Campbelltown Rotary Observatory
|Organization||Western Sydney University|
|Location||Campbelltown, NSW, Australia|
|Established||15 July 2000|
|Related media on Wikimedia Commons|
Campbelltown Rotary Observatory in Campbelltown, NSW, Australia was opened in 2000 and is owned by the University of Western Sydney. It consists of twin domes of 4.5m and 2.9m diameter. The patron of the Observatory was the late Sir Arthur C Clarke CBE. The Observatory Director is Dr. Ragbir Bhathal. It was previously called UWS Rotary Observatory.
Objectives and activities
The observatory is utilised by Western Sydney University for its Optical SETI Research Project and as a field laboratory. It conducts the National Project on Significant Australian Physicists, Astrophysicists and Engineers and the National Project on Aboriginal Astronomy. It also organises a community outreach program, including observing nights and public astronomy lectures, often in conjunction with Macarthur Astronomical Society and the Macarthur Astronomy Forum.
Its stated mission objective is to:
- Train future scientists and engineers.
- Serve as a laboratory for engineering students to carry out innovative projects.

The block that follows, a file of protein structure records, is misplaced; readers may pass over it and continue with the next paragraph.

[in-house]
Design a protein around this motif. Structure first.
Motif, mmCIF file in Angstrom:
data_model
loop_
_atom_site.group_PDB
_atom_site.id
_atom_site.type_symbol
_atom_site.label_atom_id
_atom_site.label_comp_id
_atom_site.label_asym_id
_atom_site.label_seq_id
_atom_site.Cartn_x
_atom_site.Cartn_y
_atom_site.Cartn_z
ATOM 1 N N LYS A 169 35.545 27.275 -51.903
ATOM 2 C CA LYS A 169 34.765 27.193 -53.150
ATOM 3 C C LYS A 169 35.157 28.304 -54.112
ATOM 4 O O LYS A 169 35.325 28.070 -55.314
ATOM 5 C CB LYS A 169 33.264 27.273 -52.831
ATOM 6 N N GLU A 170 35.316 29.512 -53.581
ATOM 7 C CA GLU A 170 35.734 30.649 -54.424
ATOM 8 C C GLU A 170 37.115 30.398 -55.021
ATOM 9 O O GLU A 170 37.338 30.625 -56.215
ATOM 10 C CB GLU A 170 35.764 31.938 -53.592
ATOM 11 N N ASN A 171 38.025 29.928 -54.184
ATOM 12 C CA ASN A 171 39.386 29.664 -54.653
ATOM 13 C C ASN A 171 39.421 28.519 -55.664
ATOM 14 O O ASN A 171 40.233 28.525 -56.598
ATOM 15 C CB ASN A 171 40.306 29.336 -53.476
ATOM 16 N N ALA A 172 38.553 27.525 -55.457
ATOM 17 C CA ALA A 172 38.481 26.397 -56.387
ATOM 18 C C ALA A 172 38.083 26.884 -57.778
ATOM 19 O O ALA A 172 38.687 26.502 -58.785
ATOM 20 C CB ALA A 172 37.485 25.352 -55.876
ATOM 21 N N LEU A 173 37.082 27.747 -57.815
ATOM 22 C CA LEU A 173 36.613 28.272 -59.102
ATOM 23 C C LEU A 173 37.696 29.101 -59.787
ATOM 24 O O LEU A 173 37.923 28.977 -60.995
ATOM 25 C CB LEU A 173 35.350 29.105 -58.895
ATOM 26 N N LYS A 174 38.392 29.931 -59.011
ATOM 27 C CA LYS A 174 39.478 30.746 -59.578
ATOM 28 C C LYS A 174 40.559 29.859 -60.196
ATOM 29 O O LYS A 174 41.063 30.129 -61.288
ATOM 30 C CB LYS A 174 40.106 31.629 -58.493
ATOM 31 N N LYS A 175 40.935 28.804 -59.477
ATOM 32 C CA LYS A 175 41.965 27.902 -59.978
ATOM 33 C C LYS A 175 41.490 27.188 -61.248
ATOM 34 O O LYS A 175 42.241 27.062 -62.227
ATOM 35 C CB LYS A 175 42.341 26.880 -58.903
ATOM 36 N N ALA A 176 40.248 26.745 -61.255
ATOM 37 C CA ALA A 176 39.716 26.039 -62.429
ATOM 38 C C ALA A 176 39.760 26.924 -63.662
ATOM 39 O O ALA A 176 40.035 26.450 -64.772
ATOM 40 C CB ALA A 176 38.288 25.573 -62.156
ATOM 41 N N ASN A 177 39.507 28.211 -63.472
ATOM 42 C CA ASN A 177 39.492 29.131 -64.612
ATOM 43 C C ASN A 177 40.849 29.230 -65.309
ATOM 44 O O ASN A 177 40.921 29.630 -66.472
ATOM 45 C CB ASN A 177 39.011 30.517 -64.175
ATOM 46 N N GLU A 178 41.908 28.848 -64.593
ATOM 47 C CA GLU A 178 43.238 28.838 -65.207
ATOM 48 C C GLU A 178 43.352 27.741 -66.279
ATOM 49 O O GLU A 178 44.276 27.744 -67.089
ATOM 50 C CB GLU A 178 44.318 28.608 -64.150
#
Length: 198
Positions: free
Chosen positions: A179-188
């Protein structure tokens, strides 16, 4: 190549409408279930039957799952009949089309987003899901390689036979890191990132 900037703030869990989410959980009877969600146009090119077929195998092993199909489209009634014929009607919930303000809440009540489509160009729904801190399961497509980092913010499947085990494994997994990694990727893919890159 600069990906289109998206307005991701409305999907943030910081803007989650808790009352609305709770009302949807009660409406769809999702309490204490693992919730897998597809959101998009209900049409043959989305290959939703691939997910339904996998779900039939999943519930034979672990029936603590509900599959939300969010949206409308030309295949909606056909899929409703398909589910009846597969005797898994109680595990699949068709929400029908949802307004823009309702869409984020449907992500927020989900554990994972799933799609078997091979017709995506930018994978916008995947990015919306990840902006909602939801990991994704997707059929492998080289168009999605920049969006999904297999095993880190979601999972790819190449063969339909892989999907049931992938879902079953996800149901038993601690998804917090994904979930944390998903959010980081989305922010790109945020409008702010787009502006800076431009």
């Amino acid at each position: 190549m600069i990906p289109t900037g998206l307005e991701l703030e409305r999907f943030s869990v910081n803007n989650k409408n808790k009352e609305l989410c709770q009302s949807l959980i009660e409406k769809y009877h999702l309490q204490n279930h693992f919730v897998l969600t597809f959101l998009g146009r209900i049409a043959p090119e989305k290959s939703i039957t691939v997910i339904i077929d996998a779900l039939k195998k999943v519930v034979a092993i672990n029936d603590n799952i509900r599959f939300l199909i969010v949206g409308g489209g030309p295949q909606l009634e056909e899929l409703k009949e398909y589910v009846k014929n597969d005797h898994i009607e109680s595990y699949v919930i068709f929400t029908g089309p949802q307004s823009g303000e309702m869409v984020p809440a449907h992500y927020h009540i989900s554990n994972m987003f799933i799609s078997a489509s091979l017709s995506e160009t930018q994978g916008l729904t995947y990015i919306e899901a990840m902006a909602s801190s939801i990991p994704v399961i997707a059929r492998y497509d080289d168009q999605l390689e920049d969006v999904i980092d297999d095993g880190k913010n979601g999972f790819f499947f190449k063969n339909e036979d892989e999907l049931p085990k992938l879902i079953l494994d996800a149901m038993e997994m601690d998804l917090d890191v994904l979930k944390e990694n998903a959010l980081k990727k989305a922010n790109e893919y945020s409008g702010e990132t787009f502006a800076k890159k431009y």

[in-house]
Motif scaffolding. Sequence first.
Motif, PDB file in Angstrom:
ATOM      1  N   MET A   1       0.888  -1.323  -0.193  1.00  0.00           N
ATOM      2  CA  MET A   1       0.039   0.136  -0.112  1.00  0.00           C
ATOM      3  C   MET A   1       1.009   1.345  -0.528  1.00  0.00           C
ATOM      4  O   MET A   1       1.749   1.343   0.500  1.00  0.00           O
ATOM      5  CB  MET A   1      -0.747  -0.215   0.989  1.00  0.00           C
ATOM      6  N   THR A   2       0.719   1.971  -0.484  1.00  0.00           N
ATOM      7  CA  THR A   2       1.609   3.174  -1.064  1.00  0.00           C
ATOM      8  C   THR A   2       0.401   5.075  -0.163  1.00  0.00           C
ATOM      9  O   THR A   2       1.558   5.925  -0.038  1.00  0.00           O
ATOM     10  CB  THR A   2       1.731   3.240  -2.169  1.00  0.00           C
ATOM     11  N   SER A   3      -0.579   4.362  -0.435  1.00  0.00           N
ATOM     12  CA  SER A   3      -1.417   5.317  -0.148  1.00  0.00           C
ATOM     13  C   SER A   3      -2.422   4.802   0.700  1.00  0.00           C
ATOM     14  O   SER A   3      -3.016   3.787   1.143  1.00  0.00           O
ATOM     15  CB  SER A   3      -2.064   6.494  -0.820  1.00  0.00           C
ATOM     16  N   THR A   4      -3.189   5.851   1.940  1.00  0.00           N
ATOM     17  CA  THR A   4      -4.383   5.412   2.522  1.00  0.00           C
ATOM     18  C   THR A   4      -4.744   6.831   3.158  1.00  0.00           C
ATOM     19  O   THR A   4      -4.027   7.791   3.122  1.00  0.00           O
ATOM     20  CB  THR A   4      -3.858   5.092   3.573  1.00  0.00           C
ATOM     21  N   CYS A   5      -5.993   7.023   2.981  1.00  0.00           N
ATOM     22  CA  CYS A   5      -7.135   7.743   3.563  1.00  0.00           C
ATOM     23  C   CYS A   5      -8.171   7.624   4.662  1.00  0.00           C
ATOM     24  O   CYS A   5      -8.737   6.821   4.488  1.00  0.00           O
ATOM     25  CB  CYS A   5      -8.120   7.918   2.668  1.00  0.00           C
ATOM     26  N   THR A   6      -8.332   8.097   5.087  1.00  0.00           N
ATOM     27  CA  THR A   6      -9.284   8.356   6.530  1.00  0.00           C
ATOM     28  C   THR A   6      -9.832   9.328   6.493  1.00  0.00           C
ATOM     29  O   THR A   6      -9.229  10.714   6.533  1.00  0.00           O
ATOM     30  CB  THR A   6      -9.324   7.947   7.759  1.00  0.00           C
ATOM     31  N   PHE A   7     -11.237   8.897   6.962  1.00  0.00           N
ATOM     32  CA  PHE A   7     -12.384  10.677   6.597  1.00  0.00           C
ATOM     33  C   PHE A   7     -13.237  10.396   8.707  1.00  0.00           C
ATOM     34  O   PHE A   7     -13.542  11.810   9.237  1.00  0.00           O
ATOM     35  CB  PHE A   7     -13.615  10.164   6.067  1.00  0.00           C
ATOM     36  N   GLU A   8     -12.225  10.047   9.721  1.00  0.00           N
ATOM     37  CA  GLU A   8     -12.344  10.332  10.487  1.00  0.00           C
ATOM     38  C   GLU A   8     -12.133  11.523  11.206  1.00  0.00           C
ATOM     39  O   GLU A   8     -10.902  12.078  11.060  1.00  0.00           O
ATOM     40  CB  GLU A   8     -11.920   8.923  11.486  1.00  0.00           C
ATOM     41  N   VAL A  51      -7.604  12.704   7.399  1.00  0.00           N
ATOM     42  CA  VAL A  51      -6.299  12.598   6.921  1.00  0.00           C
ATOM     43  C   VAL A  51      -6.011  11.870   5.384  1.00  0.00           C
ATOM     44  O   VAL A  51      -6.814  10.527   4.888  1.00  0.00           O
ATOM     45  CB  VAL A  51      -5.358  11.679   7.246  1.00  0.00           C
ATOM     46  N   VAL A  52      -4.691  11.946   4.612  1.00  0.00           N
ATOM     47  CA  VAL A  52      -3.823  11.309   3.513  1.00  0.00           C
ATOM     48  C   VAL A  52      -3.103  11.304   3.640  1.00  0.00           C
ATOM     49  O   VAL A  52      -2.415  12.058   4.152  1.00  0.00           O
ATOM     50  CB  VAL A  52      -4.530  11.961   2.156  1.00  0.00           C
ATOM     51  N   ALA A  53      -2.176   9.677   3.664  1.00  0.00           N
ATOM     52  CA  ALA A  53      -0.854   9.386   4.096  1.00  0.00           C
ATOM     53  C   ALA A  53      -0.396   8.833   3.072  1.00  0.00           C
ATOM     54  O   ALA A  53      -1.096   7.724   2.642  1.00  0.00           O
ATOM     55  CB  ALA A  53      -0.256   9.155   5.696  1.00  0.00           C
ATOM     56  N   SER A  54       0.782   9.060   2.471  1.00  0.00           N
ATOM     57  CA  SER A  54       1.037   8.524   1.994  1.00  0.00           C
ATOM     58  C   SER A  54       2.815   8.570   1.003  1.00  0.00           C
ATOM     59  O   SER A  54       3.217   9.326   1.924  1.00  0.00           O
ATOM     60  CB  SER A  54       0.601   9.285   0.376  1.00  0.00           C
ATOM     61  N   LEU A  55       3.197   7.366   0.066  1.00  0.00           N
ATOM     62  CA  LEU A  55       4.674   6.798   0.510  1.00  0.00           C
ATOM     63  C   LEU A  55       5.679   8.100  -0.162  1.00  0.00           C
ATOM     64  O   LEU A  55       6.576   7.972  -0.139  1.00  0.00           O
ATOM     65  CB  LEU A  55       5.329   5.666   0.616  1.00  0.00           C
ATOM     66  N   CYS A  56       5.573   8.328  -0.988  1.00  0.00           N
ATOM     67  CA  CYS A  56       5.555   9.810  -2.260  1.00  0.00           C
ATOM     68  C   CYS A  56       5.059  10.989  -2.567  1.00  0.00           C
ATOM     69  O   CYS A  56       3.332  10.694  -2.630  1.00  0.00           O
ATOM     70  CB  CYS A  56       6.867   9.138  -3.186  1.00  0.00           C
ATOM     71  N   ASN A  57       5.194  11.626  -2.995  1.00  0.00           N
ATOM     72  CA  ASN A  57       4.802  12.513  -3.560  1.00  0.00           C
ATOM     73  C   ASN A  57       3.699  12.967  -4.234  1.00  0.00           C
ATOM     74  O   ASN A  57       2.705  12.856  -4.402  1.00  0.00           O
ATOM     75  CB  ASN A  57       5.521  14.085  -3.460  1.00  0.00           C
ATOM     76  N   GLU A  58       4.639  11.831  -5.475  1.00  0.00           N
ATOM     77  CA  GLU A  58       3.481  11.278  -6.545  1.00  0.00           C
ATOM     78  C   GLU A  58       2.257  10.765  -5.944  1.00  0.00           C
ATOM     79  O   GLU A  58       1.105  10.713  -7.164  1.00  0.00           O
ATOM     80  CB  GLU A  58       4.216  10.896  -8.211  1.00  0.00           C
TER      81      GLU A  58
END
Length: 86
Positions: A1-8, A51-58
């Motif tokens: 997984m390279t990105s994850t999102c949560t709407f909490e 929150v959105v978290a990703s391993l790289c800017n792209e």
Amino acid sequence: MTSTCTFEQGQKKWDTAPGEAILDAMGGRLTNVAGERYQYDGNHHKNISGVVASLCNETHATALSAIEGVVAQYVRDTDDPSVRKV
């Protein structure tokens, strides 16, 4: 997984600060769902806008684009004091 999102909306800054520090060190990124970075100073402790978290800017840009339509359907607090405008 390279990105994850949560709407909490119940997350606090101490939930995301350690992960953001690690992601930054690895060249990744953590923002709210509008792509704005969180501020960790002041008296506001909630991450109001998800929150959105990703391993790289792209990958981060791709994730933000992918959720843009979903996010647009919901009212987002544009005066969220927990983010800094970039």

- Undertake education research in engineering physics and related engineering disciplines.
- Advance the search for Extra Terrestrial Intelligence in the optical spectrum.
- Record and assess the major developments and discoveries of Australia's significant astrophysicists, physicists and engineers.
- Advance the study of 40,000 years of Aboriginal astronomy.
- Undertake community engagement activities.
The construction of the observatory was principally funded in cash and kind from the Campbelltown Branch of Rotary International and other local organisations. It was opened on 15 July 2000 by the Hon. Michael Knight (MP for Campbelltown and Minister for the 2000 Olympics) on a small hilltop on land at the rear of the University of Western Sydney Campbelltown Campus. The University was renamed Western Sydney University in 2015.
In 2013 the land on which the observatory stood was sold to make way for the new residential suburb of Macarthur Heights and the observatory domes were temporarily closed and removed, while the hill was bulldozed. The observatory was reopened in 2015 in a new position closer to the University campus buildings. The developers of the new estate of Macarthur Heights recognised the astronomical heritage of the site by naming new streets with an astronomical theme and by erecting an astro-sculpture known as the Gates of Light in a public park close to the new and old observatory sites. The first public night in the new location was held in collaboration with Macarthur Astronomical Society on 5 December 2015.
Originally named as UWS Rotary Observatory, since its relocation in 2015 it has been known as Campbelltown Rotary Observatory.
- "Macarthur Heights". Archived from the original on 7 April 2015. Retrieved 3 April 2015.